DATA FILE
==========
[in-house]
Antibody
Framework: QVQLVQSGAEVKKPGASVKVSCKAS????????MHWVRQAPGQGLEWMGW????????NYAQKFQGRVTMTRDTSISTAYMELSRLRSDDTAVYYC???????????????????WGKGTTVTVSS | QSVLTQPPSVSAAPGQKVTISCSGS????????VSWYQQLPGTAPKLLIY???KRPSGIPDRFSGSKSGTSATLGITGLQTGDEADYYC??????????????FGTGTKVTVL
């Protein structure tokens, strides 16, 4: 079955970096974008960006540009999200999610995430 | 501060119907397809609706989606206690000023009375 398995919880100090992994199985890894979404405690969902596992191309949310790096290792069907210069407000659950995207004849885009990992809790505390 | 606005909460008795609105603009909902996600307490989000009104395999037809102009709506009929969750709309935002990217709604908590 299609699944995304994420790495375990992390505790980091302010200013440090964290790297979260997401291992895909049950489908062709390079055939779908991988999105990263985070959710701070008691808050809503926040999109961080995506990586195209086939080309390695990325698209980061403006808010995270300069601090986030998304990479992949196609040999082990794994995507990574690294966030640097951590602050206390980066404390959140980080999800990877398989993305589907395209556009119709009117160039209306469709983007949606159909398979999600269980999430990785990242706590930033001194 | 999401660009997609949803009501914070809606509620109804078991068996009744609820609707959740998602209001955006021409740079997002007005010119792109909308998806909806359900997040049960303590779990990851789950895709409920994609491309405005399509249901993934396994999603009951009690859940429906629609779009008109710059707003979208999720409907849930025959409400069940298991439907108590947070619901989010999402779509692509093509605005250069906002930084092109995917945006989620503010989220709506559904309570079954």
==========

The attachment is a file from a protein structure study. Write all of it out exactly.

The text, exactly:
[in-house]
Antibody
Framework: QVQLVQSGAEVKKPGASVKVSCKAS????????MHWVRQAPGQGLEWMGW????????NYAQKFQGRVTMTRDTSISTAYMELSRLRSDDTAVYYC???????????????????WGKGTTVTVSS | QSVLTQPPSVSAAPGQKVTISCSGS????????VSWYQQLPGTAPKLLIY???KRPSGIPDRFSGSKSGTSATLGITGLQTGDEADYYC??????????????FGTGTKVTVL
């Protein structure tokens, strides 16, 4: 079955970096974008960006540009999200999610995430 | 501060119907397809609706989606206690000023009375 398995919880100090992994199985890894979404405690969902596992191309949310790096290792069907210069407000659950995207004849885009990992809790505390 | 606005909460008795609105603009909902996600307490989000009104395999037809102009709506009929969750709309935002990217709604908590 299609699944995304994420790495375990992390505790980091302010200013440090964290790297979260997401291992895909049950489908062709390079055939779908991988999105990263985070959710701070008691808050809503926040999109961080995506990586195209086939080309390695990325698209980061403006808010995270300069601090986030998304990479992949196609040999082990794994995507990574690294966030640097951590602050206390980066404390959140980080999800990877398989993305589907395209556009119709009117160039209306469709983007949606159909398979999600269980999430990785990242706590930033001194 | 999401660009997609949803009501914070809606509620109804078991068996009744609820609707959740998602209001955006021409740079997002007005010119792109909308998806909806359900997040049960303590779990990851789950895709409920994609491309405005399509249901993934396994999603009951009690859940429906629609779009008109710059707003979208999720409907849930025959409400069940298991439907108590947070619901989010999402779509692509093509605005250069906002930084092109995917945006989620503010989220709506559904309570079954």